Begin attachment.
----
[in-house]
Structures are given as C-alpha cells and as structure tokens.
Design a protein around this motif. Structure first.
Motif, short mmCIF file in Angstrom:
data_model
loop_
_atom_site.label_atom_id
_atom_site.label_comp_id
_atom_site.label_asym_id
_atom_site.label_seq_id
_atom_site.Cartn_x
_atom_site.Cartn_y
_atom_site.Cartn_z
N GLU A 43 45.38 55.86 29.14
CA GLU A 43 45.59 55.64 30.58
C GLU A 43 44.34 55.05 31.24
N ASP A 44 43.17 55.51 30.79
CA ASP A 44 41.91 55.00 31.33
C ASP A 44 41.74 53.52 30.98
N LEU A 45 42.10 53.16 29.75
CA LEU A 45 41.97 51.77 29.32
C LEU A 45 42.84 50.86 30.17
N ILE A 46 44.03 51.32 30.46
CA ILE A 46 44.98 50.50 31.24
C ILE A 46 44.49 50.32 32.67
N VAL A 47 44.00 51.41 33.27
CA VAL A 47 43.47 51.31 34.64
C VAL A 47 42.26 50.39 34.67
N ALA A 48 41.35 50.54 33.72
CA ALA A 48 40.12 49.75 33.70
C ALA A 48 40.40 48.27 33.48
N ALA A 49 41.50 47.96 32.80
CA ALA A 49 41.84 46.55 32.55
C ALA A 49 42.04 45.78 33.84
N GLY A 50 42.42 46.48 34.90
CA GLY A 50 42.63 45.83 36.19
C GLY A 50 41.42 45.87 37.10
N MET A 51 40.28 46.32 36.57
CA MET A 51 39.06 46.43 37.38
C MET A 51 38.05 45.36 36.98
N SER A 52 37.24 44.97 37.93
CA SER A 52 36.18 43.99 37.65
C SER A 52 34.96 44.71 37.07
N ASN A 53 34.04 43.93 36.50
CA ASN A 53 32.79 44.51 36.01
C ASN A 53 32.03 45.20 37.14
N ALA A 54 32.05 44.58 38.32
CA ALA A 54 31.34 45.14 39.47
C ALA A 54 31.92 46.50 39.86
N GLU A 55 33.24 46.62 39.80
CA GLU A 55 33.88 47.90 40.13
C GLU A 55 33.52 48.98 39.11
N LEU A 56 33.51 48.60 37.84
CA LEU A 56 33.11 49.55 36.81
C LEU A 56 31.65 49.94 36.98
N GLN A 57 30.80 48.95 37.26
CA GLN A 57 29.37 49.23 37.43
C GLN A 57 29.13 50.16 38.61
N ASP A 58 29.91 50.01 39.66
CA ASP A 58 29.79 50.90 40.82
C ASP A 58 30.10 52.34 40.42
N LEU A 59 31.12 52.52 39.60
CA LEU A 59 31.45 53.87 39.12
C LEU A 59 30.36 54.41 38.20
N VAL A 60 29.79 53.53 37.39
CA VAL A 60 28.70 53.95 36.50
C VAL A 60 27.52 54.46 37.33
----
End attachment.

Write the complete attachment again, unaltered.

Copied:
[in-house]
Structures are given as C-alpha cells and as structure tokens.
Design a protein around this motif. Structure first.
Motif, short mmCIF file in Angstrom:
data_model
loop_
_atom_site.label_atom_id
_atom_site.label_comp_id
_atom_site.label_asym_id
_atom_site.label_seq_id
_atom_site.Cartn_x
_atom_site.Cartn_y
_atom_site.Cartn_z
N GLU A 43 45.38 55.86 29.14
CA GLU A 43 45.59 55.64 30.58
C GLU A 43 44.34 55.05 31.24
N ASP A 44 43.17 55.51 30.79
CA ASP A 44 41.91 55.00 31.33
C ASP A 44 41.74 53.52 30.98
N LEU A 45 42.10 53.16 29.75
CA LEU A 45 41.97 51.77 29.32
C LEU A 45 42.84 50.86 30.17
N ILE A 46 44.03 51.32 30.46
CA ILE A 46 44.98 50.50 31.24
C ILE A 46 44.49 50.32 32.67
N VAL A 47 44.00 51.41 33.27
CA VAL A 47 43.47 51.31 34.64
C VAL A 47 42.26 50.39 34.67
N ALA A 48 41.35 50.54 33.72
CA ALA A 48 40.12 49.75 33.70
C ALA A 48 40.40 48.27 33.48
N ALA A 49 41.50 47.96 32.80
CA ALA A 49 41.84 46.55 32.55
C ALA A 49 42.04 45.78 33.84
N GLY A 50 42.42 46.48 34.90
CA GLY A 50 42.63 45.83 36.19
C GLY A 50 41.42 45.87 37.10
N MET A 51 40.28 46.32 36.57
CA MET A 51 39.06 46.43 37.38
C MET A 51 38.05 45.36 36.98
N SER A 52 37.24 44.97 37.93
CA SER A 52 36.18 43.99 37.65
C SER A 52 34.96 44.71 37.07
N ASN A 53 34.04 43.93 36.50
CA ASN A 53 32.79 44.51 36.01
C ASN A 53 32.03 45.20 37.14
N ALA A 54 32.05 44.58 38.32
CA ALA A 54 31.34 45.14 39.47
C ALA A 54 31.92 46.50 39.86
N GLU A 55 33.24 46.62 39.80
CA GLU A 55 33.88 47.90 40.13
C GLU A 55 33.52 48.98 39.11
N LEU A 56 33.51 48.60 37.84
CA LEU A 56 33.11 49.55 36.81
C LEU A 56 31.65 49.94 36.98
N GLN A 57 30.80 48.95 37.26
CA GLN A 57 29.37 49.23 37.43
C GLN A 57 29.13 50.16 38.61
N ASP A 58 29.91 50.01 39.66
CA ASP A 58 29.79 50.90 40.82
C ASP A 58 30.10 52.34 40.42
N LEU A 59 31.12 52.52 39.60
CA LEU A 59 31.45 53.87 39.12
C LEU A 59 30.36 54.41 38.20
N VAL A 60 29.79 53.53 37.39
CA VAL A 60 28.70 53.95 36.50
C VAL A 60 27.52 54.46 37.33